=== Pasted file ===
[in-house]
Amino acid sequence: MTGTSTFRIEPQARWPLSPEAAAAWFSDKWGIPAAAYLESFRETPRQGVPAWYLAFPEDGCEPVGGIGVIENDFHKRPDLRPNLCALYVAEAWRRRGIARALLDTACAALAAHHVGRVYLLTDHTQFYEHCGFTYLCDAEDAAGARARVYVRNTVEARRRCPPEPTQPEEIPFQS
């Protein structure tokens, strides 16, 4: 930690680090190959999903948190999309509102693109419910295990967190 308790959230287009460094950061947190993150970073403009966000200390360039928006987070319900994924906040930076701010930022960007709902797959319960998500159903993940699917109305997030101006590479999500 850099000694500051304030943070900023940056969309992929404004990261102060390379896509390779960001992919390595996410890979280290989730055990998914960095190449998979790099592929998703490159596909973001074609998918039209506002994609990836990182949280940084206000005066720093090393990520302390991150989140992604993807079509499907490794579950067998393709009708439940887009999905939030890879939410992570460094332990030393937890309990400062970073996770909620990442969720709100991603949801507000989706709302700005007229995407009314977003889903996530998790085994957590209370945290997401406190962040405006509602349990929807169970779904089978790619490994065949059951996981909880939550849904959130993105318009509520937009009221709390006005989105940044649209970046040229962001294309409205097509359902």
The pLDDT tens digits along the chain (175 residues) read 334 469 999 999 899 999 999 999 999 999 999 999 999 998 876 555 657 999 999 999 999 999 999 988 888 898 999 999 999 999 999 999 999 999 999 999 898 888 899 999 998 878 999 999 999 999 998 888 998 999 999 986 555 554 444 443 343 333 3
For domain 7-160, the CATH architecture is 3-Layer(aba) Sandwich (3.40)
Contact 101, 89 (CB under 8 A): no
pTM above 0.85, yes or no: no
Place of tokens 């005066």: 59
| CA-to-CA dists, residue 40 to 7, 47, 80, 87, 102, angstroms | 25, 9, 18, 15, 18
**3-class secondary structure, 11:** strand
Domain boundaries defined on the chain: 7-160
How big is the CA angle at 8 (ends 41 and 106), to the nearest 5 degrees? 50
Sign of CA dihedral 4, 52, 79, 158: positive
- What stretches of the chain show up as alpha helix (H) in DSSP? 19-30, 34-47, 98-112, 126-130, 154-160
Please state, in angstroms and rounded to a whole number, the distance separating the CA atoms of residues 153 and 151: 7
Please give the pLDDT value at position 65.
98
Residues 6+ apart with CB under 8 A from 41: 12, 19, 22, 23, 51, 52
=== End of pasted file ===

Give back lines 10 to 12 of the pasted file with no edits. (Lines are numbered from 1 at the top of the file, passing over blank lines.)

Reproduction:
**3-class secondary structure, 11:** strand
Domain boundaries defined on the chain: 7-160
How big is the CA angle at 8 (ends 41 and 106), to the nearest 5 degrees? 50